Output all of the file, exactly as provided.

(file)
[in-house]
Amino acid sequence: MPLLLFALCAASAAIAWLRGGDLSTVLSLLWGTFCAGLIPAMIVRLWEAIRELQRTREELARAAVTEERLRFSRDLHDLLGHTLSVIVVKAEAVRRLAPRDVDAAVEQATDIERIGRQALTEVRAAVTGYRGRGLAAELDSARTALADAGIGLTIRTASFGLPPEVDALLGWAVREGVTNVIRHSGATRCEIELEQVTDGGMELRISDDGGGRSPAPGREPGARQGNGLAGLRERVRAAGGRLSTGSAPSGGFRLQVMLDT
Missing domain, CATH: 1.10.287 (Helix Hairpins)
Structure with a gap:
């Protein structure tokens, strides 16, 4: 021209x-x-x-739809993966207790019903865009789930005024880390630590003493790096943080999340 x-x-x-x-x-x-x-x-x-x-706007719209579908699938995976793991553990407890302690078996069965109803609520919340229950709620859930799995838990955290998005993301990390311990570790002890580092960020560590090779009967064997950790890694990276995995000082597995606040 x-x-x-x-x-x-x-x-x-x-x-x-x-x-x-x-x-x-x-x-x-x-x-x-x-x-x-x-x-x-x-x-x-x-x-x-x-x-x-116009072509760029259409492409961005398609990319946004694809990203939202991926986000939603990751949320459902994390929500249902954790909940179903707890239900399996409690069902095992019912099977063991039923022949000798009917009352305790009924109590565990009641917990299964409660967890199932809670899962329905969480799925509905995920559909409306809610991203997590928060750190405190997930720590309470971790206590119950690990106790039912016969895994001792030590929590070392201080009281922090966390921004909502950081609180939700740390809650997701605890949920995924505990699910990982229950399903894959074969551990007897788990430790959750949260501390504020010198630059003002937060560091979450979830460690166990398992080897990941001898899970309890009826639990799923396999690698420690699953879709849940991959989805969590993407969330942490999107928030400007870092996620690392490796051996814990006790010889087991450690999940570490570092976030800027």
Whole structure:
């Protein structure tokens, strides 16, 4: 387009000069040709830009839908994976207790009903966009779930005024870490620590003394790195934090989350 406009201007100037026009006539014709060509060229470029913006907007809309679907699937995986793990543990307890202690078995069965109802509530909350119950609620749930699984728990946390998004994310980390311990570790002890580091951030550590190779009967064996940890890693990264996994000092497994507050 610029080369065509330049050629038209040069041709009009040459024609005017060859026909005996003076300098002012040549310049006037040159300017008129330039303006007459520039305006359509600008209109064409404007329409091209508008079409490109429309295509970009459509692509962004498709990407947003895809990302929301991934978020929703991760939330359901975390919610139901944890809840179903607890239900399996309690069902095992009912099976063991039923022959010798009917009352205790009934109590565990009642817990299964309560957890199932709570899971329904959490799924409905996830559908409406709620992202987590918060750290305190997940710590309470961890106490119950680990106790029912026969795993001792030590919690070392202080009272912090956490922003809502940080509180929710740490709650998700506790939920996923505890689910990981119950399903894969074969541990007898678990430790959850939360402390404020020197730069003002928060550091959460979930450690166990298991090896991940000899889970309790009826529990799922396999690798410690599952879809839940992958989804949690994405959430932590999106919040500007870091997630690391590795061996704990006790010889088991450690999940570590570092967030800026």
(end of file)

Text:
[in-house]
Amino acid sequence: MPLLLFALCAASAAIAWLRGGDLSTVLSLLWGTFCAGLIPAMIVRLWEAIRELQRTREELARAAVTEERLRFSRDLHDLLGHTLSVIVVKAEAVRRLAPRDVDAAVEQATDIERIGRQALTEVRAAVTGYRGRGLAAELDSARTALADAGIGLTIRTASFGLPPEVDALLGWAVREGVTNVIRHSGATRCEIELEQVTDGGMELRISDDGGGRSPAPGREPGARQGNGLAGLRERVRAAGGRLSTGSAPSGGFRLQVMLDT
Missing domain, CATH: 1.10.287 (Helix Hairpins)
Structure with a gap:
């Protein structure tokens, strides 16, 4: 021209x-x-x-739809993966207790019903865009789930005024880390630590003493790096943080999340 x-x-x-x-x-x-x-x-x-x-706007719209579908699938995976793991553990407890302690078996069965109803609520919340229950709620859930799995838990955290998005993301990390311990570790002890580092960020560590090779009967064997950790890694990276995995000082597995606040 x-x-x-x-x-x-x-x-x-x-x-x-x-x-x-x-x-x-x-x-x-x-x-x-x-x-x-x-x-x-x-x-x-x-x-x-x-x-x-116009072509760029259409492409961005398609990319946004694809990203939202991926986000939603990751949320459902994390929500249902954790909940179903707890239900399996409690069902095992019912099977063991039923022949000798009917009352305790009924109590565990009641917990299964409660967890199932809670899962329905969480799925509905995920559909409306809610991203997590928060750190405190997930720590309470971790206590119950690990106790039912016969895994001792030590929590070392201080009281922090966390921004909502950081609180939700740390809650997701605890949920995924505990699910990982229950399903894959074969551990007897788990430790959750949260501390504020010198630059003002937060560091979450979830460690166990398992080897990941001898899970309890009826639990799923396999690698420690699953879709849940991959989805969590993407969330942490999107928030400007870092996620690392490796051996814990006790010889087991450690999940570490570092976030800027």
Whole structure:
């Protein structure tokens, strides 16, 4: 387009000069040709830009839908994976207790009903966009779930005024870490620590003394790195934090989350 406009201007100037026009006539014709060509060229470029913006907007809309679907699937995986793990543990307890202690078995069965109802509530909350119950609620749930699984728990946390998004994310980390311990570790002890580091951030550590190779009967064996940890890693990264996994000092497994507050 610029080369065509330049050629038209040069041709009009040459024609005017060859026909005996003076300098002012040549310049006037040159300017008129330039303006007459520039305006359509600008209109064409404007329409091209508008079409490109429309295509970009459509692509962004498709990407947003895809990302929301991934978020929703991760939330359901975390919610139901944890809840179903607890239900399996309690069902095992009912099976063991039923022959010798009917009352205790009934109590565990009642817990299964309560957890199932709570899971329904959490799924409905996830559908409406709620992202987590918060750290305190997940710590309470961890106490119950680990106790029912026969795993001792030590919690070392202080009272912090956490922003809502940080509180929710740490709650998700506790939920996923505890689910990981119950399903894969074969541990007898678990430790959850939360402390404020020197730069003002928060550091959460979930450690166990298991090896991940000899889970309790009826529990799922396999690798410690599952879809839940992958989804949690994405959430932590999106919040500007870091997630690391590795061996704990006790010889088991450690999940570590570092967030800026």